11. 11. Hey Karenann, what about Wikipedia? <ul><li>Would I use it as a source for a paper? No. Why not? Ask yourself this. Is the person who’s writing this entry in Wikipedia an expert in his or her field. If you can’t say yes to that question I wouldn’t use it in a paper. </li></ul><ul><li>Personally, I think Wikipedia is fine if you want some background information for YOURSELF. If I need a refresher on the scientific method or string theory I’d use it. Would I use the Wikipedia entry on the scientific method for my paper on the history of science literacy? No, I’d look elsewhere. </li></ul><ul><li>Ask your prof. </li></ul>
    12. 12. Developing concepts and keywords <ul><li>At this point you have an understanding of your assignment, have selected your topic, and you’ve done some background research on your topic. </li></ul><ul><li>Take the information you’ve gathered so far-your knowledge of the subject, the background information you’ve gathered-and get your hands on a WSU Libraries keyword sheet. </li></ul><ul><li>Start writing concepts that related to your topic. For all of you visual thinkers out there map those concepts out if it helps </li></ul>
    13. 13. Example: Concept Map <ul><li>This is part of a concept map developed by NASA on the hydrologic cycle. </li></ul><ul><li>Concept mapping displays concepts and how they relate to one another. </li></ul><ul><ul><li>At the end of this handout there is another map of the research process. </li></ul></ul>
    14. 14. Where to Find Articles In Library Lingo a database is an online index of electronic journal articles from a number of different journals. Sometimes the full-text article is available and sometimes it isn’t. The WSU Libraries Articles, Indexes, and E-Journals librarians have created lists of databases arranged by subject. With Quick Search you can do a quick keyword search in a select group of subject lists With Cross Search you can search multiple subject lists at once.
    15. 15. Databases by Subject: Environmental Studies <ul><li>Environmental Sciences </li></ul><ul><ul><li>ASTIS Bibliography </li></ul></ul><ul><ul><li>BioOne </li></ul></ul><ul><ul><li>Biosis Previews </li></ul></ul><ul><ul><li>GeoRef </li></ul></ul><ul><ul><li>Human Population & Natural Resource Management </li></ul></ul><ul><ul><li>Wildlife & Ecology Studies Worldwide </li></ul></ul><ul><li>Environmental Engineering </li></ul><ul><ul><li>EiCompendex </li></ul></ul><ul><ul><li>Endex </li></ul></ul><ul><ul><li>Energy Citations </li></ul></ul><ul><ul><li>NTIS </li></ul></ul>
    16. 16. Databases by Subject: Science <ul><li>Interdisciplinary Science Databases </li></ul><ul><ul><li>ACS Journal Search </li></ul></ul><ul><ul><li>Blackwell Synergy </li></ul></ul><ul><ul><li>Conference Papers Index </li></ul></ul><ul><ul><li>Current Index to Statistics </li></ul></ul><ul><ul><li>GrayLit Network </li></ul></ul><ul><ul><li>ISI Highly Cited </li></ul></ul><ul><ul><li>National Academies Press </li></ul></ul><ul><ul><li>NIST Data Gateway </li></ul></ul><ul><ul><li>Science Direct </li></ul></ul><ul><ul><li>SciFinder Scholar </li></ul></ul><ul><ul><li>Web of Science </li></ul></ul>
    17. 17. WSU Libraries Cross Search <ul><li>With Cross Search you can search up to 10 databases subject-specific databases at once. </li></ul><ul><li>Select the subject from the drop-down menu </li></ul><ul><li>Select the database from the list </li></ul><ul><li>Enter your keywords in the search box and click Go. </li></ul>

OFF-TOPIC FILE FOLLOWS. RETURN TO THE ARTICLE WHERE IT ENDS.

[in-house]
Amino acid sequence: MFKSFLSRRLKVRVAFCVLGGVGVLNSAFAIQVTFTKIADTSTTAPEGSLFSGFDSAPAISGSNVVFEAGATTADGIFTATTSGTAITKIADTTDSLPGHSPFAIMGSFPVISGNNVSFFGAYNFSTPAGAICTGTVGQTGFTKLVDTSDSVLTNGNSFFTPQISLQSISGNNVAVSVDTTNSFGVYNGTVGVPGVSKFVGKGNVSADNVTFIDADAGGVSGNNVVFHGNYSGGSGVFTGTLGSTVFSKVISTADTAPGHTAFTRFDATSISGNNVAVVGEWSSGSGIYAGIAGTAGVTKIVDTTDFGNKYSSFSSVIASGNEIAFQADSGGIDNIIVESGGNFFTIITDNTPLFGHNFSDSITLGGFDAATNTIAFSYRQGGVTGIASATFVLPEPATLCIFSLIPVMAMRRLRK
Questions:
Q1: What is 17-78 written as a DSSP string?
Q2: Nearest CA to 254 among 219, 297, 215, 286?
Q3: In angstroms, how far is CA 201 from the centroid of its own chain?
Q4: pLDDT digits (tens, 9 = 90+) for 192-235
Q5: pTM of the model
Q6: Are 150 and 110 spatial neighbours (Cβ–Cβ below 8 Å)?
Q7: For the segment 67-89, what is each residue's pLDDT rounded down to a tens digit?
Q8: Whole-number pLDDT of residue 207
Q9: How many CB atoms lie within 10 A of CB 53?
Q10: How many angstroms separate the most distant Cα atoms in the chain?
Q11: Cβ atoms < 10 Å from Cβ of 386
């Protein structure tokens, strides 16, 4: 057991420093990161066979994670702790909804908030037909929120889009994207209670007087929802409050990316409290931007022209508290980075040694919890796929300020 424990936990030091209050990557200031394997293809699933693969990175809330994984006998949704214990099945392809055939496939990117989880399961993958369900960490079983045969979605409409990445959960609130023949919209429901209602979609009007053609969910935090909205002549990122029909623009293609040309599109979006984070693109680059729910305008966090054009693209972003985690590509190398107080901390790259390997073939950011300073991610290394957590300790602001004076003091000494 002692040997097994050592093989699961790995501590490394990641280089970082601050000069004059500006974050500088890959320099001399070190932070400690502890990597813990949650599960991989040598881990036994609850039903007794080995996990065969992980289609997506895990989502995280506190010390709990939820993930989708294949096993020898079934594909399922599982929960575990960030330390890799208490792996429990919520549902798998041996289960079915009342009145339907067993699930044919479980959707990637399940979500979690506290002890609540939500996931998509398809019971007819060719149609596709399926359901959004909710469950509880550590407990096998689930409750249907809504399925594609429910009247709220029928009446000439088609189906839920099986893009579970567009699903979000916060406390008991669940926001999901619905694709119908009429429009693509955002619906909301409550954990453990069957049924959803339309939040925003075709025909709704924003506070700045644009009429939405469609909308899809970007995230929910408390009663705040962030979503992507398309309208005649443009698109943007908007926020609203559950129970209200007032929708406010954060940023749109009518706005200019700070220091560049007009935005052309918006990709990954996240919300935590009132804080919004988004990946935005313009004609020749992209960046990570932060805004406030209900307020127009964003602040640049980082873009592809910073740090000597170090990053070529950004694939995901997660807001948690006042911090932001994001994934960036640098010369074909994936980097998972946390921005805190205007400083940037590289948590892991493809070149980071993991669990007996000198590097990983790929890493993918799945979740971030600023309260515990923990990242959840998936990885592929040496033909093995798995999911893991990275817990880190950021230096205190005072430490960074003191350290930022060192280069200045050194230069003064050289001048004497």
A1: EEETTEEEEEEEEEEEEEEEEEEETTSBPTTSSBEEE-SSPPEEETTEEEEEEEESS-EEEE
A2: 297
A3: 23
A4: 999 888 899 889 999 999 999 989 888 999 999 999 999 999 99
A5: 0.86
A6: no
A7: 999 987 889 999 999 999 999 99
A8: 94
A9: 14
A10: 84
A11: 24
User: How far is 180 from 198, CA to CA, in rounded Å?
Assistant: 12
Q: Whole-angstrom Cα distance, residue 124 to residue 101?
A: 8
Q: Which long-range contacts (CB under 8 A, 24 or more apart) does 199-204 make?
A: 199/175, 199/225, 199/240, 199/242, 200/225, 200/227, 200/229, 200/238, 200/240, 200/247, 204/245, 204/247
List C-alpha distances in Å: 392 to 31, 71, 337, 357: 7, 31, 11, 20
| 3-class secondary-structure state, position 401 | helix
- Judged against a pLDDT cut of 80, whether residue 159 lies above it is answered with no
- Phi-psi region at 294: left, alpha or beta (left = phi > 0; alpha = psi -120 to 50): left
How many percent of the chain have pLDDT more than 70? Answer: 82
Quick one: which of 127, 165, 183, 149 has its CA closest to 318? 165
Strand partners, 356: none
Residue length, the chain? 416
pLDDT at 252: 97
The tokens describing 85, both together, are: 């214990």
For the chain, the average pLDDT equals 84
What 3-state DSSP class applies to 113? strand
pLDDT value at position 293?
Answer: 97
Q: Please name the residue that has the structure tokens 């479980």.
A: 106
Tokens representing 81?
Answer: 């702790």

18. 18. WSU Libraries Cross Search <ul><li>To view the results of your search click on View. </li></ul><ul><li>If you click on the article title you’ll get a record, not unlike a catalogue record. </li></ul><ul><li>To see if we have the article, either electronically or in print, click on FindIt@WSU. </li></ul>
    19. 19. Hey Karenann, What About Google Scholar? <ul><li>With Google Scholar you perform a keyword search and get articles from journals, right? </li></ul><ul><li>Not exactly. Like Google searches the entire web, Google Scholar retrieves citations to journals found on the web, regardless of whether we have subscriptions or not. That means you are as likely to not retrieve the full text as you are to retrieve it. </li></ul><ul><ul><li>You will retrieve citations to articles that cite the article you are interested in, but are not the article itself. </li></ul></ul><ul><li>Ever notice the FindIt@WSU Libraries link on Google Scholar. Click on FindIt@WSU Libraries and you go to…WSU Libraries FindIt page. </li></ul><ul><ul><li>WSU Libraries provides information to Google Scholar on the e-journals we subscribe to and the coverage dates. </li></ul></ul><ul><li>While I can exclude for language, I can’t sort alphabetically or chronologically, there are discrepancies between the number of times an article has been cited in Google Scholar, and Web of Science. Recent articles are 2005? 2006? </li></ul>
    20. 20. Did You Know? <ul><li>The WSU Libraries web address is </li></ul><ul><li>That you can access E-Journals and E-books from your dorm room? </li></ul><ul><li>That the Libraries have scores of handouts and tutorials to help you with your research? </li></ul>
    21. 21. Recap <ul><li>To this point we have gone over: </li></ul><ul><li>Where to search for items in the WSU Libraries-Griffin. </li></ul><ul><li>Where to search for books not held in the WSU Libraries-Summit </li></ul><ul><li>What a catalogue record tells you </li></ul><ul><li>Where to find background information on your topic-Encyclopedias, Dictionaries, and other reference works </li></ul><ul><li>Why collect background information-to help you understand your topic better and pick out key concepts that you can use as search terms. </li></ul><ul><li>Where to find articles-WSU Libraries Articles/eJournals lists & Cross Search. </li></ul>
    22. 22. How to Search